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Your Yourlocation: Home > Respirat Inhalation of tiotropium bromide(136310-93-5) in the treatment of COPD is safe and effective

The majority of subjects in the study met expectations, with an average FEV1 in the 50% range. In addition to tiotropium bromide(136310-93-5), nearly two-thirds of patients are taking other medications, including inhaled corticosteroids and long-acting beta-agonists (LABAs). Nearly 1/3 of people continue to smoke. Therefore, in terms of universality, these subjects are basically the right people.

In mortality, mortality was approximately 7.5% in the three groups, the highest in the traditional HandiHaler group. There was no significant difference in the combined mortality of the two Respimat groups compared with the HandiHaler group. There was also no significant difference in mortality between the two inhalers during long-term follow-up. In addition, the overall cardiovascular toxicity of the two inhalers did not differ significantly, with good tolerability.

About 10% -15% of subjects had underlying cardiovascular disease, and in these subgroup analyzes, there was no significant difference in morbidity and mortality between the 2 inhalers. Therefore, the results of this study can convincingly answer the above-mentioned safety issues.

The safety of new therapies has been a challenge and few initial clinical trials have been sufficient to give answers to a treatment safety question. In the United States drug development history, few drugs can be based on small and medium-sized experimental results were approved, but when it was introduced to the larger, more diversified market, but also significant new side effects.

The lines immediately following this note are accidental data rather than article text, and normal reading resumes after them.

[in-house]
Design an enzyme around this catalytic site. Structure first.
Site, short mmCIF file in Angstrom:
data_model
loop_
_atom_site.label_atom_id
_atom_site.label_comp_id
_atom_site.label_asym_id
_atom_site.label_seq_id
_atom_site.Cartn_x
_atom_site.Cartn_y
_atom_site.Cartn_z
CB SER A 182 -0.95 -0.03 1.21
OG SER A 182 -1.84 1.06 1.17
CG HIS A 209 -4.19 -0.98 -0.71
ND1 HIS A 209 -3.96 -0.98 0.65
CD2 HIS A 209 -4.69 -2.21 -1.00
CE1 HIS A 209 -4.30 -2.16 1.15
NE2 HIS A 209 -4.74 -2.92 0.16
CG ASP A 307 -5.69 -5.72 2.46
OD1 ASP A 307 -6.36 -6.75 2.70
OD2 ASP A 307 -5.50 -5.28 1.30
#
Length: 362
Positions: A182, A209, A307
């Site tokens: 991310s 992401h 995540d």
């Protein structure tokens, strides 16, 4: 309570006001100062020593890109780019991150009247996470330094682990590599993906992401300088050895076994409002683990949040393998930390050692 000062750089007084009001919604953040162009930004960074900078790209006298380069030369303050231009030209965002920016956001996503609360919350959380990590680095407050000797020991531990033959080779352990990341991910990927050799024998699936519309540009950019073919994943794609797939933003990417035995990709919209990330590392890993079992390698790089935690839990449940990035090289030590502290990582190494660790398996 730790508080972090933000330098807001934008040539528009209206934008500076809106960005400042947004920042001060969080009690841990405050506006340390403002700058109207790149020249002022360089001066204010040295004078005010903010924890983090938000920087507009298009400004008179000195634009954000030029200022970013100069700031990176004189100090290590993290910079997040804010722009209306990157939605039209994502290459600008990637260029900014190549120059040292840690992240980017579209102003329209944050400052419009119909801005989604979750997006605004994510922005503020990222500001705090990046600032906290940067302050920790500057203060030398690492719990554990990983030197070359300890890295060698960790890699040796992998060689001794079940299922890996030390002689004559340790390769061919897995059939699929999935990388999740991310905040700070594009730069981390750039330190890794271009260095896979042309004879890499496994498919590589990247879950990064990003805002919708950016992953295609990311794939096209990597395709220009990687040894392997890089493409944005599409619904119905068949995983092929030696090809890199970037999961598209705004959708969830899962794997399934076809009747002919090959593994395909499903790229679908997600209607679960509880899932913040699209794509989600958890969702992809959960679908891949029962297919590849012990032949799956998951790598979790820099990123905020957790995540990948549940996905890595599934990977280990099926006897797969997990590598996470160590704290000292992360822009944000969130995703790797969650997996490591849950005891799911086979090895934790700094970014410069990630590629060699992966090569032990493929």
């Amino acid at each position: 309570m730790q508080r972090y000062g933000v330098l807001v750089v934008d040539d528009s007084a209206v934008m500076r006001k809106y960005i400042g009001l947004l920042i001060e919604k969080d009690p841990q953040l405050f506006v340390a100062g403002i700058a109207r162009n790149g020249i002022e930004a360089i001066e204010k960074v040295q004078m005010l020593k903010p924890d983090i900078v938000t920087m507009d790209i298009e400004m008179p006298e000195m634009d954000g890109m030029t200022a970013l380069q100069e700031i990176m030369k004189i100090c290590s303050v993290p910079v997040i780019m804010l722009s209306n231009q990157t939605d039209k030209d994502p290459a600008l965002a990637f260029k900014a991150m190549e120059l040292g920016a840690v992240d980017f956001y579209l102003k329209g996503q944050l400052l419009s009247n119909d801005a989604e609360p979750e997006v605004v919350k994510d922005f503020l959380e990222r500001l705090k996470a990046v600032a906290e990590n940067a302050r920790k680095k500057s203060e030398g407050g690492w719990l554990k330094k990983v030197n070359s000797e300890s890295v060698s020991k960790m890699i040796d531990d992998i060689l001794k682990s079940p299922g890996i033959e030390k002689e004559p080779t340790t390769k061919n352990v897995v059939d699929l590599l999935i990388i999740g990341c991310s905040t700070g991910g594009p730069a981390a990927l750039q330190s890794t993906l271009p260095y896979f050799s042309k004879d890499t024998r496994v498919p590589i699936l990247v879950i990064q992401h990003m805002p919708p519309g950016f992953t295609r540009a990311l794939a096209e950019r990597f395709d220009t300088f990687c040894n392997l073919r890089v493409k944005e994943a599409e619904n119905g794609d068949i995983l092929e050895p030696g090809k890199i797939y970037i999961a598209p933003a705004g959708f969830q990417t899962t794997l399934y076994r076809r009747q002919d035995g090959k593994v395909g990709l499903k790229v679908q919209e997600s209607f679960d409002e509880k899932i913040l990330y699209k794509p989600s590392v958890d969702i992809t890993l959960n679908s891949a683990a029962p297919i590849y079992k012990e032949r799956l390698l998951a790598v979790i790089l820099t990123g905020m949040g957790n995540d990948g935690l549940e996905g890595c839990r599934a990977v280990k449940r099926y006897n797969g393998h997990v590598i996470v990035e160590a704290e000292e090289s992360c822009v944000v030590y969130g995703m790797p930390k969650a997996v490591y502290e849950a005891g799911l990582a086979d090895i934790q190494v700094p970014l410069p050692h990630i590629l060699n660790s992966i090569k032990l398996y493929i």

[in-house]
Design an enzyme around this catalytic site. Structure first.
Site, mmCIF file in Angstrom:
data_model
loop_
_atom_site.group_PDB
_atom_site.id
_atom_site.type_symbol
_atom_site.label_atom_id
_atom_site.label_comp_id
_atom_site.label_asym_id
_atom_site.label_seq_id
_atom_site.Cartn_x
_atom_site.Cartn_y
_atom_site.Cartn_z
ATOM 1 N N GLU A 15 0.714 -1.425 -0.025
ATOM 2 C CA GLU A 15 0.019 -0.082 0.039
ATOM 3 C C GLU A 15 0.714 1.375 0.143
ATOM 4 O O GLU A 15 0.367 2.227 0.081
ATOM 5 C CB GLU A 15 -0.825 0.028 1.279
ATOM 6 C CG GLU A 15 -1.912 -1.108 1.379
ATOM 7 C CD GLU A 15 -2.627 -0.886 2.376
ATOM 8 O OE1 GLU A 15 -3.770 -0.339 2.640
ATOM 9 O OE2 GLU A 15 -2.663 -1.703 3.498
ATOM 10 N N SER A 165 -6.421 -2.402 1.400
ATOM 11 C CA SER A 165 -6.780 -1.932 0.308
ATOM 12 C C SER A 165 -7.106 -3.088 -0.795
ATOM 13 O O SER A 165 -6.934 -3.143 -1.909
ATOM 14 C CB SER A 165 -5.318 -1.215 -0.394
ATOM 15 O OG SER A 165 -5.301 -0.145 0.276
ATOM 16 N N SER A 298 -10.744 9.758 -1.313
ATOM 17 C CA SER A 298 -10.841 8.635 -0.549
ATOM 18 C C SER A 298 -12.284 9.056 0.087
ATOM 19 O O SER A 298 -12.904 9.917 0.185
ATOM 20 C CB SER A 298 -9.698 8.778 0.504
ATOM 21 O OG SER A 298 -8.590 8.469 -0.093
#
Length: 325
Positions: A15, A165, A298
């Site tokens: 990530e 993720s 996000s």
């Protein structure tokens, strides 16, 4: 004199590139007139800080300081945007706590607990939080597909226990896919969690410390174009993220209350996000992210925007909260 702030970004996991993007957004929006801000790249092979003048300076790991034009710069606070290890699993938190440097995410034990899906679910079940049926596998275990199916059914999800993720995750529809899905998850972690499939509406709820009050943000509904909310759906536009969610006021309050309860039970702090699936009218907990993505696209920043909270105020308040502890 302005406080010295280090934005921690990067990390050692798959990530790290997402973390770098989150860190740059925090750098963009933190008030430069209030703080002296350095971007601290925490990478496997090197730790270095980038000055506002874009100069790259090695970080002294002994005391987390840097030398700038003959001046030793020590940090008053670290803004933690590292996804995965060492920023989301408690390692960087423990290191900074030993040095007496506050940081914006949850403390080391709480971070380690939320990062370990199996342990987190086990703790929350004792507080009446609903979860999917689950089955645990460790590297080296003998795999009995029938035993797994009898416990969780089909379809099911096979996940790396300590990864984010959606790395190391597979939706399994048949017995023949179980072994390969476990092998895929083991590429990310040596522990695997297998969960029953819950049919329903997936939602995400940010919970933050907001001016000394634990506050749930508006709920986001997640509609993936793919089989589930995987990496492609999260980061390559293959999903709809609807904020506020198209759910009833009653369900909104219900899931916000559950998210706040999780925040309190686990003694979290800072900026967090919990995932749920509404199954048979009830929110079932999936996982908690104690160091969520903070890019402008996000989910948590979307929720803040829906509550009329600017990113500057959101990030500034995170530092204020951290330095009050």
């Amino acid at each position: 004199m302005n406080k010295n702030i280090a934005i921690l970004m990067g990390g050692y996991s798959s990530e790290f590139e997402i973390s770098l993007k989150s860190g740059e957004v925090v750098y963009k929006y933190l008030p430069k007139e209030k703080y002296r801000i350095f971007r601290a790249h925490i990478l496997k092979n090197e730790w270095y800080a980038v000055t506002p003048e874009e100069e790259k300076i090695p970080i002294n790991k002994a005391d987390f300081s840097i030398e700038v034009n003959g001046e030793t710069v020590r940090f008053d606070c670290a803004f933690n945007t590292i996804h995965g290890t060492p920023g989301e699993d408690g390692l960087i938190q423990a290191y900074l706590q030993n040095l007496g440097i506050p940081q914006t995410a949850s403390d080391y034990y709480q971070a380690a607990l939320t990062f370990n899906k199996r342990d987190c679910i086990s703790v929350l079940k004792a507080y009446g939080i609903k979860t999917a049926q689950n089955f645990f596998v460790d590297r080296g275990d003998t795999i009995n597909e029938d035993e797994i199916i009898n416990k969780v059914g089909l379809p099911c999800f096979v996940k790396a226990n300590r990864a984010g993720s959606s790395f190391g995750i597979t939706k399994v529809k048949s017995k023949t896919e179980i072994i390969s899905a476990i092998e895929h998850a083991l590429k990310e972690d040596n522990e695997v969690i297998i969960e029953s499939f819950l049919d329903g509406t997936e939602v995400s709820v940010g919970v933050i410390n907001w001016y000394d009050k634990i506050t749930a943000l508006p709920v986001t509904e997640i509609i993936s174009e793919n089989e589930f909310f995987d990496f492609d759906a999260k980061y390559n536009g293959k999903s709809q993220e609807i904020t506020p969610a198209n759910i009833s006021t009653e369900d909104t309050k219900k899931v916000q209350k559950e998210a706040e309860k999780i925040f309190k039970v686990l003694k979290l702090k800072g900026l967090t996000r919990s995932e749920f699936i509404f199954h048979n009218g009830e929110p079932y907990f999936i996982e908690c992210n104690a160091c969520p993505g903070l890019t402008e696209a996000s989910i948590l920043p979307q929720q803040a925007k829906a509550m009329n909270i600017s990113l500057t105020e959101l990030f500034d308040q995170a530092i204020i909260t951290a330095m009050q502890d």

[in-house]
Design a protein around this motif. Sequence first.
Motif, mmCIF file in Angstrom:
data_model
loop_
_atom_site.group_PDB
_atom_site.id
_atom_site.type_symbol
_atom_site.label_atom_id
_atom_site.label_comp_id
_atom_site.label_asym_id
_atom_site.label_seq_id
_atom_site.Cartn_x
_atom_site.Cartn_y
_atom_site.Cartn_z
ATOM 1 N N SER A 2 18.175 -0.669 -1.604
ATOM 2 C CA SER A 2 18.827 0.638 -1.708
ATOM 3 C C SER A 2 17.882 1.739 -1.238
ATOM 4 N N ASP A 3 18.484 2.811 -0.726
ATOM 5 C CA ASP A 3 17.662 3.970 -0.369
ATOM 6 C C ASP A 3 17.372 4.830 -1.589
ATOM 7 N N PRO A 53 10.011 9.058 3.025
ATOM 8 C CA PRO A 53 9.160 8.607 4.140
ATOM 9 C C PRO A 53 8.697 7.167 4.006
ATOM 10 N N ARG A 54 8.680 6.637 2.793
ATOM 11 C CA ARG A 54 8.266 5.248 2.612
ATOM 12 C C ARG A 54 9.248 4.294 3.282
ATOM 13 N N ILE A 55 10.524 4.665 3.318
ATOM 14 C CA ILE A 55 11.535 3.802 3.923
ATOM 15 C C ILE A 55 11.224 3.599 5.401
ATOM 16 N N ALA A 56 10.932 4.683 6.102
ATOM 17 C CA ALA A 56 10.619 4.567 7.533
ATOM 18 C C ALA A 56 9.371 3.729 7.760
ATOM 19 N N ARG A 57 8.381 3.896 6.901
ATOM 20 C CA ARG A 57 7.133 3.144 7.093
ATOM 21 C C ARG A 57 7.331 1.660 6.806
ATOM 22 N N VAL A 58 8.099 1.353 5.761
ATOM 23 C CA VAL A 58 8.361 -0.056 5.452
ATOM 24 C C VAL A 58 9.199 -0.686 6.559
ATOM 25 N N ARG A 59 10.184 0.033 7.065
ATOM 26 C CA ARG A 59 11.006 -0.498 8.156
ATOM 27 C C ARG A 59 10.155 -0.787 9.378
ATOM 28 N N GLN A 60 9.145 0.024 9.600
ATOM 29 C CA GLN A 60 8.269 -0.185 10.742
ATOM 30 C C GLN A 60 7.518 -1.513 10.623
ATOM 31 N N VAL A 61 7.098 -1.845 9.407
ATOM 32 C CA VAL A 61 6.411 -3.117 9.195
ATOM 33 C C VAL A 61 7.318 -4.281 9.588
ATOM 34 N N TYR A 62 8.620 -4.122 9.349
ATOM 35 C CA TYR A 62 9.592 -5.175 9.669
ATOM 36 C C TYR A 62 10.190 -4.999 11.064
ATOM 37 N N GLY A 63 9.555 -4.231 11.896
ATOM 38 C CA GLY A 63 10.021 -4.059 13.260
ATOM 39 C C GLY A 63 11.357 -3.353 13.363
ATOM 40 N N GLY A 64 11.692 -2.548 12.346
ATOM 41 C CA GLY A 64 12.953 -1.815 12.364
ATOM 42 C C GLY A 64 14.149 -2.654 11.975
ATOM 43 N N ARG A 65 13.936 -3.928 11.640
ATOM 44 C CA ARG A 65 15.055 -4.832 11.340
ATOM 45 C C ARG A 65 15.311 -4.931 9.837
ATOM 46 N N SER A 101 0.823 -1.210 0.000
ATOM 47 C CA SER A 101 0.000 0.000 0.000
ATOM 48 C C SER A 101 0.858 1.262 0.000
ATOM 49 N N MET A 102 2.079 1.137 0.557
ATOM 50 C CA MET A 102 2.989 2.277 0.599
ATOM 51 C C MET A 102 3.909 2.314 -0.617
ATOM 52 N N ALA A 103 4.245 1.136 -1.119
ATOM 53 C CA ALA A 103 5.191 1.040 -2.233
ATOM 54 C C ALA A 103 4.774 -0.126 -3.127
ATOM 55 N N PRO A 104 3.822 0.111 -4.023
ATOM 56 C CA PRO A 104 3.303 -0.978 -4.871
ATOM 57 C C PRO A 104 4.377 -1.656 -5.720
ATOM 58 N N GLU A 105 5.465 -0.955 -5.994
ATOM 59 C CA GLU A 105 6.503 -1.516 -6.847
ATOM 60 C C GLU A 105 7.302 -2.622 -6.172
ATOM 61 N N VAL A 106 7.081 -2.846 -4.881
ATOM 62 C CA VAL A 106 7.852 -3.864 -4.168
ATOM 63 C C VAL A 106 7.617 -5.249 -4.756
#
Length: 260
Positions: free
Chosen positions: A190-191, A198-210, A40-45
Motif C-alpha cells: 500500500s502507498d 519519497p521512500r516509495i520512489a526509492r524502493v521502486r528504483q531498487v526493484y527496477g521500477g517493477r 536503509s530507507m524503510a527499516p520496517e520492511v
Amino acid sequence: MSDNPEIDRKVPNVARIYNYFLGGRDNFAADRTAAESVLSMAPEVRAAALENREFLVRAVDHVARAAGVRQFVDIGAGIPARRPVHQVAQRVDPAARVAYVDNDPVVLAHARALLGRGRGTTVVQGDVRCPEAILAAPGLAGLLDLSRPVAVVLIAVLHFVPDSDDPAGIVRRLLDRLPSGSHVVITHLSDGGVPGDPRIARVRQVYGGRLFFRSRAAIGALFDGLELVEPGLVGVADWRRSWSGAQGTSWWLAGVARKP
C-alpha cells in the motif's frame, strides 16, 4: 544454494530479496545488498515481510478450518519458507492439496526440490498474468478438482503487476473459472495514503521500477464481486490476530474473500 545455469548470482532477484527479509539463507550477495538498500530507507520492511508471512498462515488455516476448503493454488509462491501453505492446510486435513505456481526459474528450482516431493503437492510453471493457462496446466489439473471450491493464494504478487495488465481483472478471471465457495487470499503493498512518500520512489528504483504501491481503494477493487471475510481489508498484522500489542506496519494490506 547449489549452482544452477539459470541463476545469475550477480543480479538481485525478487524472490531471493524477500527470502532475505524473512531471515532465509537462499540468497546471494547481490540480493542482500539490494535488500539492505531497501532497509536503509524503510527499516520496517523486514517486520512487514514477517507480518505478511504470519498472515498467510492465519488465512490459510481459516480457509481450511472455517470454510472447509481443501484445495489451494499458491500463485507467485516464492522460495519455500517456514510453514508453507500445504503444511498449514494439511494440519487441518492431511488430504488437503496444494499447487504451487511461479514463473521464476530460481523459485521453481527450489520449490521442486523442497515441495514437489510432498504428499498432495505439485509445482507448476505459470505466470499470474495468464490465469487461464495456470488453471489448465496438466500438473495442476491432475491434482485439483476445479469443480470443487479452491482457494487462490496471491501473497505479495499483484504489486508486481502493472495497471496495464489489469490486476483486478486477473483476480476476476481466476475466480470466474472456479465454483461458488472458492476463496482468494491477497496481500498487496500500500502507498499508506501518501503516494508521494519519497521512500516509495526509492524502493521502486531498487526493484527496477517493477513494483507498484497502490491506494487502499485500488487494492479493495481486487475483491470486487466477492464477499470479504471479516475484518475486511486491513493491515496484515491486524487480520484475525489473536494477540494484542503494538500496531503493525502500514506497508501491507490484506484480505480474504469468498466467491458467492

The advantages of the TIOSPIR study are large-scale and long follow-up. "This is a fundamental, convincing answer to the safety of the Respimat device," commented the accompanying paper.

The study also demonstrates an important principle to be grasped when reading the literature, namely that meta-analysis can not be regarded as convincing evidence that they can only be regarded as the makers of hypotheses. For some diseases, the meta-analysis is the best evidence we can get for sample size, but by contrast, a clear, large randomized controlled trial is the best solution.

In conclusion, the UPLIFT and TIOSPIR studies have shown that large randomized controlled clinical trials can be performed quickly in a population of lung disease, especially in COPD, and we should adhere to the criteria once and expect that such research will help guide clinical treatment.

Dr. Shorr concludes that the TIOSPIR study should be highly regarded as a pulmonary practitioner who often needs to treat patients with COPD.

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